One of the most important implications of the U.S. census is its use as a basis for revising the states' legislative and congressional districts. Guest columnists Bill Finkbeiner and Krist Novoselic urge changes in the Washington state law to depoliticize the process and encourage citizen involvement.
THE U.S. census is under way. This decennial head count of Americans will be put to extensive use with no piece of its corpus going to waste.
Madison Avenue salivates in anticipation of the paper-thin slices of consumer attributes. Sociology professors look forward to digging through data to discover some new subculture in need of their attentions. Bureaucrats grab demographic information to fill an endless stream of bound reports.
But the largest impact on our democracy comes from the party hacks who at this very moment are preparing to carve up our neighborhoods and towns in a process otherwise known as redistricting.
We like to think of ourselves as independent operators, each of us actively participating in the give and take of ideas. The political party duopoly sees us as voting blocs who, when aggregated into precincts and districts, can be counted on to support one party or the other.
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Today’s political parties have at their disposal sophisticated mapping programs that can overlay demographic and political data on very small cohorts of voters. They use these tools to manipulate district boundaries to include, exclude or share blocs of voters with their goal to tilt a district toward one party or the other.
Gen. Ulysses S. Grant said “Privates talk strategy while generals talk attrition.” Translated into the political theater this means that a particular policy issue taken by a politician matters less than the “leaning” of his or her district, in some cases shifting election outcomes from the voting booth to the state’s redistricting commission.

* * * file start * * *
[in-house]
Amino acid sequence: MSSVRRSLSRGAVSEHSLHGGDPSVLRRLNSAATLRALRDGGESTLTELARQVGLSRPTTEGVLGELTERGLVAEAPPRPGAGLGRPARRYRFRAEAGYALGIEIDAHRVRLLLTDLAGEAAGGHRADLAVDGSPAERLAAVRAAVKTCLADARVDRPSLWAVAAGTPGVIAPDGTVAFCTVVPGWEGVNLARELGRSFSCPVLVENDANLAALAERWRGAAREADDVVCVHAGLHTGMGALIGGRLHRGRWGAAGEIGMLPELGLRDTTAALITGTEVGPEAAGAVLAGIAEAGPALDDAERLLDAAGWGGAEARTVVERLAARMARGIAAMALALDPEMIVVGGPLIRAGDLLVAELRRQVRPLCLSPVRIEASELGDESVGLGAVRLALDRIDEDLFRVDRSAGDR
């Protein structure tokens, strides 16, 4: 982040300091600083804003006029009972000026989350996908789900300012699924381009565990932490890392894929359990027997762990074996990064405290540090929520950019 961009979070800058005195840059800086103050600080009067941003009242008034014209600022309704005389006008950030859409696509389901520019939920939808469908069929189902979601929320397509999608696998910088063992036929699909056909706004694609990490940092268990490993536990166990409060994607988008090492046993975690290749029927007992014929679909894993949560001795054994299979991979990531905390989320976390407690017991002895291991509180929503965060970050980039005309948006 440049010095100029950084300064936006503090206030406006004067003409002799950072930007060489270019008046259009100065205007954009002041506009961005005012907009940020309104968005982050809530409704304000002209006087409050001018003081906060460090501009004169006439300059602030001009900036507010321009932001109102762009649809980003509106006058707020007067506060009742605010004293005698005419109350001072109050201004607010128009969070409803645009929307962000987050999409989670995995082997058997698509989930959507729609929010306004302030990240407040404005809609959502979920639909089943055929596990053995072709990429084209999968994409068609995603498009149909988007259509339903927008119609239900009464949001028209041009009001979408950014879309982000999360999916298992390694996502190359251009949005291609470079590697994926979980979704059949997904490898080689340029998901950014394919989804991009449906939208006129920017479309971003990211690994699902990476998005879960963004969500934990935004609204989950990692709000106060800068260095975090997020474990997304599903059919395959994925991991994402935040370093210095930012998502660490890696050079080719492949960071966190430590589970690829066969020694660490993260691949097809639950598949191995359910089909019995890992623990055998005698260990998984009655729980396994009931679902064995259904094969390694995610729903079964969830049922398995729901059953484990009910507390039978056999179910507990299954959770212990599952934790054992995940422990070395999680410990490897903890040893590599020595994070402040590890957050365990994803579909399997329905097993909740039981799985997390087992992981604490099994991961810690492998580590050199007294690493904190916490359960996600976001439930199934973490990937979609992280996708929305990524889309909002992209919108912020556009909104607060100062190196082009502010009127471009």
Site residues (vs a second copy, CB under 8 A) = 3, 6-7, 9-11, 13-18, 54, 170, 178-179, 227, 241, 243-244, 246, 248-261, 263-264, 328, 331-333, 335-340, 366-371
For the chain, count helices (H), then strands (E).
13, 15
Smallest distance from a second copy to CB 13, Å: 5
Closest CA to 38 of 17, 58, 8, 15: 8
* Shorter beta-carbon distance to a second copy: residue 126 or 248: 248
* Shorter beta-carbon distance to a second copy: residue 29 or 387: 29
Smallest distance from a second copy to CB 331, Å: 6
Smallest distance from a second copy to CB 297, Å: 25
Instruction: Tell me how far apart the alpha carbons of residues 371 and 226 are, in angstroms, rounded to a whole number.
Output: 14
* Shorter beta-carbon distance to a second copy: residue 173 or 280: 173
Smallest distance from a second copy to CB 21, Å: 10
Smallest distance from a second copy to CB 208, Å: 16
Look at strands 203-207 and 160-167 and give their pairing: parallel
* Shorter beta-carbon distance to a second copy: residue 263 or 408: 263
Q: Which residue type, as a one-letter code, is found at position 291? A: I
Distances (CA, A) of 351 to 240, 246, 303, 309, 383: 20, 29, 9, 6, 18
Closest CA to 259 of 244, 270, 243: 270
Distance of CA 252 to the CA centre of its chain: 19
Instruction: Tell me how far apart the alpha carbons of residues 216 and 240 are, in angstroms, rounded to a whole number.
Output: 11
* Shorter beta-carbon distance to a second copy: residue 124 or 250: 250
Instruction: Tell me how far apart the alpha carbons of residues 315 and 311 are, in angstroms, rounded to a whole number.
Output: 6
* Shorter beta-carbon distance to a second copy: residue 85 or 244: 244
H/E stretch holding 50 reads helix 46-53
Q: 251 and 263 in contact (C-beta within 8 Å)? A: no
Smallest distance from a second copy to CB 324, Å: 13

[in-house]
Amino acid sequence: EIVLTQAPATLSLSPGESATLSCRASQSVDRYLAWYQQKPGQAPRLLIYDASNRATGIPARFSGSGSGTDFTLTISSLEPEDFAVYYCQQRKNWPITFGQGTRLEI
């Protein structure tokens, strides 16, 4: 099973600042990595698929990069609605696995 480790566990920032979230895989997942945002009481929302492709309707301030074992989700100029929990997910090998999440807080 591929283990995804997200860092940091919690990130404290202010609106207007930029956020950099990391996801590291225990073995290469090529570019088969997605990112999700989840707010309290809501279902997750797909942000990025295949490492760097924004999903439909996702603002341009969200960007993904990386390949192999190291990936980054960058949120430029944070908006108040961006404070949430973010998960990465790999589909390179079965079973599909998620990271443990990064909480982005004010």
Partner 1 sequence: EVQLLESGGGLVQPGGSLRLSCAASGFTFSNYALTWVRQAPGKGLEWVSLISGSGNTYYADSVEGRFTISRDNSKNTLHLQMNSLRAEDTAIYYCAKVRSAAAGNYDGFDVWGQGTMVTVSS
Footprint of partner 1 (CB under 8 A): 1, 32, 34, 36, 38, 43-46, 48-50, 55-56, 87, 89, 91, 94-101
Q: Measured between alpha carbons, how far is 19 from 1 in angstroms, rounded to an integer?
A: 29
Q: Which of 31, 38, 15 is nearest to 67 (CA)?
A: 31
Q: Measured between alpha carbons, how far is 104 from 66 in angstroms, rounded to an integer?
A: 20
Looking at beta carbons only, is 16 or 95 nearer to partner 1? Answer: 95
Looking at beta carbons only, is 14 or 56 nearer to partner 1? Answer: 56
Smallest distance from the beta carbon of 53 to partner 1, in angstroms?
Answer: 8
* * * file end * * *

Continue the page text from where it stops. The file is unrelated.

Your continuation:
And who are these redistricting commissioners in whose hands the balance of power lies? In Washington state the voting members are nominated by the two major political parties. The commission does have a nonvoting chair whose job is to solve intractable disputes, but this role is rarely put to use because the lines are drawn with a sort of Cold War detente where each side gives and takes in its best interest.
As loaded as our state’s policy is, we have at least avoided many of the more egregious power grabs seen elsewhere. For instance, Washington law demands that district boundaries be drawn with an eye toward keeping communities whole, keeping districts competitive and ensuring a “compact shape.”
While this still leaves leeway for the type of high-level gerrymandering that can swing a district, it does keep out the political pillaging that goes on in states where boundaries are drawn by the dominant party in the Legislature. In those cases, they are free to roam inside the broad boundaries set by federal courts but little else constrains their raw lust for heavy power.
Before we break our arm patting ourselves on the back for avoiding the train wreck of other states’ redistricting laws, Washington needs to put in place safeguards against the abuse of our imperfect system.
It should start with a ban on the use of voting data during the redistricting process. Commissioners must do their work based only on the considerations prescribed by current law and no others. Some may call that Pollyannaish, but at least it will make the commissioners think twice.
Second, and more important, we should change the makeup of the commission by including those outside the party duopoly, both independent and minor-party representatives. Shining light on this process and introducing dissenting voices will be a big improvement.
Dear reader, it is your democracy and you should be prepared to fight for it. Do so by demanding changes in state law and then attending next year’s redistricting commission meetings. Fully informed, you can impact the process and help wrest control of our democracy from the hands of the political parties.
Bill Finkbeiner, left, a Kirkland developer, is the former Washington Senate Majority Leader. Krist Novoselic, a local musician and co-founder of Nirvana, is a longtime proponent of citizen-participation efforts.